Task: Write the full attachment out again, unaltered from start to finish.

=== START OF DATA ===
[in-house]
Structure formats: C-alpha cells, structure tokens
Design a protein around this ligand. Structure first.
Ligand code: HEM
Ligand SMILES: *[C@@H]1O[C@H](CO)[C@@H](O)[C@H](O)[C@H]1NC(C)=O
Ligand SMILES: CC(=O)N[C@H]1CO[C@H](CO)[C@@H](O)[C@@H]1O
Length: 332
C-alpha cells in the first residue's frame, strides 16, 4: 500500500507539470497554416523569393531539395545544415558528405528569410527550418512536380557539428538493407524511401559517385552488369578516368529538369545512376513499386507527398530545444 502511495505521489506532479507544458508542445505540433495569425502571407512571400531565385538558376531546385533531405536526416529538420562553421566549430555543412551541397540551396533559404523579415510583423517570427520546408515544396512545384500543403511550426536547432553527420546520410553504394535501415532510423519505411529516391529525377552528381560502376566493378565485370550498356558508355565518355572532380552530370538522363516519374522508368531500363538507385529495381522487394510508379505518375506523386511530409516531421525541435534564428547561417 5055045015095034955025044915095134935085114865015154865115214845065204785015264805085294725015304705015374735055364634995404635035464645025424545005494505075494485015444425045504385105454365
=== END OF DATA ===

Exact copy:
[in-house]
Structure formats: C-alpha cells, structure tokens
Design a protein around this ligand. Structure first.
Ligand code: HEM
Ligand SMILES: *[C@@H]1O[C@H](CO)[C@@H](O)[C@H](O)[C@H]1NC(C)=O
Ligand SMILES: CC(=O)N[C@H]1CO[C@H](CO)[C@@H](O)[C@@H]1O
Length: 332
C-alpha cells in the first residue's frame, strides 16, 4: 500500500507539470497554416523569393531539395545544415558528405528569410527550418512536380557539428538493407524511401559517385552488369578516368529538369545512376513499386507527398530545444 502511495505521489506532479507544458508542445505540433495569425502571407512571400531565385538558376531546385533531405536526416529538420562553421566549430555543412551541397540551396533559404523579415510583423517570427520546408515544396512545384500543403511550426536547432553527420546520410553504394535501415532510423519505411529516391529525377552528381560502376566493378565485370550498356558508355565518355572532380552530370538522363516519374522508368531500363538507385529495381522487394510508379505518375506523386511530409516531421525541435534564428547561417 5055045015095034955025044915095134935085114865015154865115214845065204785015264805085294725015304705015374735055364634995404635035464645025424545005494505075494485015444425045504385105454365